Juggling angry Russians, the British Mi5, and an international terrorist, debonair art dealer and part-time rogue Charlie Mortdecai races to recover a stolen painting rumored to contain a code that leads to lost gold.
In the 1930s, an elderly Tonto tells a young boy the tale of John Reid, the Lone Ranger. An idealistic lawyer, he rides with his brother and fellow Texas Rangers in pursuit of the notorious Butch Cavendish. Ambushed by the outlaw and left for dead, John Reid is rescued by the renegade Comanche, Tonto, at the insistence of a mysterious white horse and offers to help him to bring Cavendish to justice. Becoming a reluctant masked rider with a seemingly incomprehensible partner, Reid pursues the criminal against all obstacles. However, John and Tonto learn that Cavendish is only part of a far greater injustice and the pair must fight it in an adventure that would make them a legend.Written by
Kenneth Chisholm (email@example.com)
Though they share the same last name and are in the same movie, there is no evidence to suggest Armie Hammer and Travis Hammer are related. Armie has only one brother named Viktor and Armie is two years older than him.. See more »
In the early run away train (as well as other RR scenes) the railroad ties are the current type, cut to uniform length\width and treated wood not the plain logs that were used at the time period of the movie. See more »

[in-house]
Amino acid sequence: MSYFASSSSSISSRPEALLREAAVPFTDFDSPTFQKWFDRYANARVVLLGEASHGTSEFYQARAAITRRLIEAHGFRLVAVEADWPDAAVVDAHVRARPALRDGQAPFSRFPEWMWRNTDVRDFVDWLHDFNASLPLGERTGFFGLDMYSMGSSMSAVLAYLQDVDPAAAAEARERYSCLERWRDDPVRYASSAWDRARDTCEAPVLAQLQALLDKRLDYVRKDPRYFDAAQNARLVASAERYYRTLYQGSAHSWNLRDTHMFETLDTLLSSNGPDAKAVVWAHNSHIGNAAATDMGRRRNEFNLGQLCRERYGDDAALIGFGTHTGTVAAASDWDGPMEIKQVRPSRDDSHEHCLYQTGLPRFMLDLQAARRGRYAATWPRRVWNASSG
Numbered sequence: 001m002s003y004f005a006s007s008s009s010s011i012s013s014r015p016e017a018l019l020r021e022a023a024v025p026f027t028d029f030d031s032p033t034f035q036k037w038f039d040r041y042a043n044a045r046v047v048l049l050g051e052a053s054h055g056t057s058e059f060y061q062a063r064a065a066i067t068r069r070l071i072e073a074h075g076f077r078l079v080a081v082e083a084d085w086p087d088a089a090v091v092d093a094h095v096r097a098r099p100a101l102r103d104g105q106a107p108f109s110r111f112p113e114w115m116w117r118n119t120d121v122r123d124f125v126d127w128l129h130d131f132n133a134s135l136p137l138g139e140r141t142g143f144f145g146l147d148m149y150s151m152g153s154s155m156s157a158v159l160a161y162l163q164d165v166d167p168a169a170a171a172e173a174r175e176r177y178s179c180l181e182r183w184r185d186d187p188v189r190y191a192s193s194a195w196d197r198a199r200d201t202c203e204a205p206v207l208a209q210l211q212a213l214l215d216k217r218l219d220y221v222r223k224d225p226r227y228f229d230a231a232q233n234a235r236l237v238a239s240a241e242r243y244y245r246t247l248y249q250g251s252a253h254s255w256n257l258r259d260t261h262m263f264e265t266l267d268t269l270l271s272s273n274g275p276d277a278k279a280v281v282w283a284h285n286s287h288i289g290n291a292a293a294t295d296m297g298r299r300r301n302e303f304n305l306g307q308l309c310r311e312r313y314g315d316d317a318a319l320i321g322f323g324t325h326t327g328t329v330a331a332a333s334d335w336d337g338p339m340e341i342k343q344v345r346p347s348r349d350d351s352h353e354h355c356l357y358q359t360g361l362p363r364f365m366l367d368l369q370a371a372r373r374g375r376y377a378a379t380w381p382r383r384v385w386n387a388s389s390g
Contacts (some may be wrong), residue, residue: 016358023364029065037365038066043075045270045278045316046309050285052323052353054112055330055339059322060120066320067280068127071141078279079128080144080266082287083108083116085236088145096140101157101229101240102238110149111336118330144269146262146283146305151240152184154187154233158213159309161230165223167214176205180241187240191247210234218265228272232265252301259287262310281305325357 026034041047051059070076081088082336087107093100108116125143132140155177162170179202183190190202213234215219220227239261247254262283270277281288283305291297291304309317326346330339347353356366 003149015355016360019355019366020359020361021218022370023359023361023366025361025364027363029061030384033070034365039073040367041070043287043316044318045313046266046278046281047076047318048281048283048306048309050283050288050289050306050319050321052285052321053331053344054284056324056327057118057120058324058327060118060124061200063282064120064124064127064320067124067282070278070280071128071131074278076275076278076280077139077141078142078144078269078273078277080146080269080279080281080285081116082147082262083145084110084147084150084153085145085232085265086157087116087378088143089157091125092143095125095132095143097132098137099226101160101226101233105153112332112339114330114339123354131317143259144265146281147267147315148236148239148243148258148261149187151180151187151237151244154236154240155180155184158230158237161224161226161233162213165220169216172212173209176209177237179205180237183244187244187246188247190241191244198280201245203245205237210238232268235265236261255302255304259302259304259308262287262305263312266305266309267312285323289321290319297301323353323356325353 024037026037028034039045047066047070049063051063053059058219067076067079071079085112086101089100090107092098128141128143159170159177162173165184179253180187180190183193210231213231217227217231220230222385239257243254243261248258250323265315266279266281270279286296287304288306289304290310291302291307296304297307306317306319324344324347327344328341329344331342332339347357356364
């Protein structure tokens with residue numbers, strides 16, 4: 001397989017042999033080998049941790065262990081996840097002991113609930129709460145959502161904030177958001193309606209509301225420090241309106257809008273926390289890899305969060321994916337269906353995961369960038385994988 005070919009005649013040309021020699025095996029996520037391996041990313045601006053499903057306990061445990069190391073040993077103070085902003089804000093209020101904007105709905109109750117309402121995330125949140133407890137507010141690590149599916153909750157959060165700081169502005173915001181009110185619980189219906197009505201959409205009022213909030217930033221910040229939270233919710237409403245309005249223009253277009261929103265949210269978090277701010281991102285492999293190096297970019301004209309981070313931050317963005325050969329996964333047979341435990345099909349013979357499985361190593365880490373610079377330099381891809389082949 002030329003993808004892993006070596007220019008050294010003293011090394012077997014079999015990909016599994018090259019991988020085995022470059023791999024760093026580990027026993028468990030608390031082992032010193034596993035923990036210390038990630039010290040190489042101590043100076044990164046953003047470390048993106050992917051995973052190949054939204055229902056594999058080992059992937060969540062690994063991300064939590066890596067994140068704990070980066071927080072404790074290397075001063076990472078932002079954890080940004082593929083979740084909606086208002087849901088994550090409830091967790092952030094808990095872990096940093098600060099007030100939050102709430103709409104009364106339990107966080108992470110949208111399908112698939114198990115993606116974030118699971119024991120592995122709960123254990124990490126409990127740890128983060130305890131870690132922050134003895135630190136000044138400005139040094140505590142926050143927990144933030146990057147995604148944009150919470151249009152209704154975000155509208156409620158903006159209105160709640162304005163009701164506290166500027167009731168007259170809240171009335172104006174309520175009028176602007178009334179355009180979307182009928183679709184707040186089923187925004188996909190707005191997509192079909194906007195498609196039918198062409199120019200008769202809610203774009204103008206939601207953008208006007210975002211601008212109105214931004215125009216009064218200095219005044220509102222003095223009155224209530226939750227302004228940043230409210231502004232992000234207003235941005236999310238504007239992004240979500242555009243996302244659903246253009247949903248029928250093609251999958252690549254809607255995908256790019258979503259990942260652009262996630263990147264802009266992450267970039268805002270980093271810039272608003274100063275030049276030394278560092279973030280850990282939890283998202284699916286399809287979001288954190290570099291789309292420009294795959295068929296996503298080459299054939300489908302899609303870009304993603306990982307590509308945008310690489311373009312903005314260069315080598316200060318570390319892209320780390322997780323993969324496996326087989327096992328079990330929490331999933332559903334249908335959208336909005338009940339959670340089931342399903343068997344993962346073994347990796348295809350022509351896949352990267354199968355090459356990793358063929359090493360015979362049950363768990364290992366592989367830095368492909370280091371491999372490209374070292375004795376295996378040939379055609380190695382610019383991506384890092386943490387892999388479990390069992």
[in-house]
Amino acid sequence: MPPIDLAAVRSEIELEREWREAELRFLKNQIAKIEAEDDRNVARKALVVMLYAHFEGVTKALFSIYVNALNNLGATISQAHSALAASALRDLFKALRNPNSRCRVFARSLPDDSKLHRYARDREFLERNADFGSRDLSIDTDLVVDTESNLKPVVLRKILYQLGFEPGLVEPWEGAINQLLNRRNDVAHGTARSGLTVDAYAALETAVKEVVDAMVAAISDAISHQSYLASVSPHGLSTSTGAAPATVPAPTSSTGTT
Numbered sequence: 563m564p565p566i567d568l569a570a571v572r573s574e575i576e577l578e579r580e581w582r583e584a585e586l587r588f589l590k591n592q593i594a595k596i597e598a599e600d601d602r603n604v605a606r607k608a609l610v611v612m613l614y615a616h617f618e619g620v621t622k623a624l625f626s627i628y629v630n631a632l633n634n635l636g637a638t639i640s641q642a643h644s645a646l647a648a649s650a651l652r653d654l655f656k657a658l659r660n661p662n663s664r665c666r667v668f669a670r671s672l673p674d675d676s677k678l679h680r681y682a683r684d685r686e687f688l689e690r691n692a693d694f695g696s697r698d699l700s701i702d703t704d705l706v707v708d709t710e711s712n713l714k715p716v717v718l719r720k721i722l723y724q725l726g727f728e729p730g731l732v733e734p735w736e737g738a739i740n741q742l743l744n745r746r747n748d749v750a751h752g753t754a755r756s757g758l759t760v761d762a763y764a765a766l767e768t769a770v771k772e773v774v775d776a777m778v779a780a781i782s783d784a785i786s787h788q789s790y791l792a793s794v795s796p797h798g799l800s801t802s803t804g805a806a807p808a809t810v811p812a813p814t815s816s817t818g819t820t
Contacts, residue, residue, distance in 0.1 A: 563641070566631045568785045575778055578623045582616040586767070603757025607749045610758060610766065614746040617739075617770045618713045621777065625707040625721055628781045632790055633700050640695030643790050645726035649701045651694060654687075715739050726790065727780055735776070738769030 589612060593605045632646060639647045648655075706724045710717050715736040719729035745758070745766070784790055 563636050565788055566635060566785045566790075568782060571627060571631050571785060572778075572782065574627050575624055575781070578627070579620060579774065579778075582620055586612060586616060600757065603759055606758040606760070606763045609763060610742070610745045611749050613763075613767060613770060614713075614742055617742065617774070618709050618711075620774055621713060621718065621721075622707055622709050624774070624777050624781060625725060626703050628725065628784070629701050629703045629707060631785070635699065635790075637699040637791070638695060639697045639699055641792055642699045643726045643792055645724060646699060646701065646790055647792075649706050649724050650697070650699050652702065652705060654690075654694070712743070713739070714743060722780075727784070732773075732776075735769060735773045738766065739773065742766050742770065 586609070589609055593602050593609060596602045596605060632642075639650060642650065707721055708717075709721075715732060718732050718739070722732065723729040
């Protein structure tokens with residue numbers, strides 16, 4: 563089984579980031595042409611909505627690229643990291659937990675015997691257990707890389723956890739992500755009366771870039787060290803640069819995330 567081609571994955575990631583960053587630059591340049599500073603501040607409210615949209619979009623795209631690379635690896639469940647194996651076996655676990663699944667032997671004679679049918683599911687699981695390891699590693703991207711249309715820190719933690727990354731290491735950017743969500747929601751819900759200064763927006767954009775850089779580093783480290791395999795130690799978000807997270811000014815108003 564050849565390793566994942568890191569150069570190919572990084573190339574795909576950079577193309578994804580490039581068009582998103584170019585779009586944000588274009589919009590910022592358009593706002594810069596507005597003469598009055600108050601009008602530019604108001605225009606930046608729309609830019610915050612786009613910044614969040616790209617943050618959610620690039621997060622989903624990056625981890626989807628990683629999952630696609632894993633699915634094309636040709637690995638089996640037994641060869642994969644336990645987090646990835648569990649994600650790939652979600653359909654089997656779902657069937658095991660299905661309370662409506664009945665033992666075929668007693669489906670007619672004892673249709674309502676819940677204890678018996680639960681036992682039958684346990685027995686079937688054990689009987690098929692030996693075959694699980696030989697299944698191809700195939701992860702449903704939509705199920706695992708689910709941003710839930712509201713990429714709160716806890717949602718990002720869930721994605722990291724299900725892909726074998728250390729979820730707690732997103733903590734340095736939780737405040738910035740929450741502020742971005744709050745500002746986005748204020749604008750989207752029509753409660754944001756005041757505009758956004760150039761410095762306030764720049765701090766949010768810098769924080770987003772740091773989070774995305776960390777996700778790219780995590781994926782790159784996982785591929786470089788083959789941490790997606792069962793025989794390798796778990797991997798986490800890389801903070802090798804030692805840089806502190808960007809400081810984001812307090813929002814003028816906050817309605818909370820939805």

[to Will, the boy dressed as The Lone Ranger]
Never take off the mask.
See more »
The opening and closing Walt Disney Pictures logos have been darkened and desaturated. See more »
I was a little disappointed about the critics' review of the movie, since I adore Johnny Depp and had been waiting for the movie to release for months. I was pleasantly surprised. The movie was lovely. It had action (as promised), a good plot and pretty generous doses of humor for a movie of this genre. Depp stole the show with his portrayal of Tonto, but the other actors were great as well. The obvious comparison of this movie is with the Pirates of the Caribbean series because of Verbinski and Depp. There were parts of the movie, especially those where Tonto's actions generated laughs from the theater, which reminded me of the latter. Both have Depp in eccentric roles which provide ample comic relief. But since the themes are completely different, I feel that a comparison is not exactly fair. All in all, it is a good, lighthearted, entertaining way to spend two and a half hours, and I am considering hitting the theater for it again soon.
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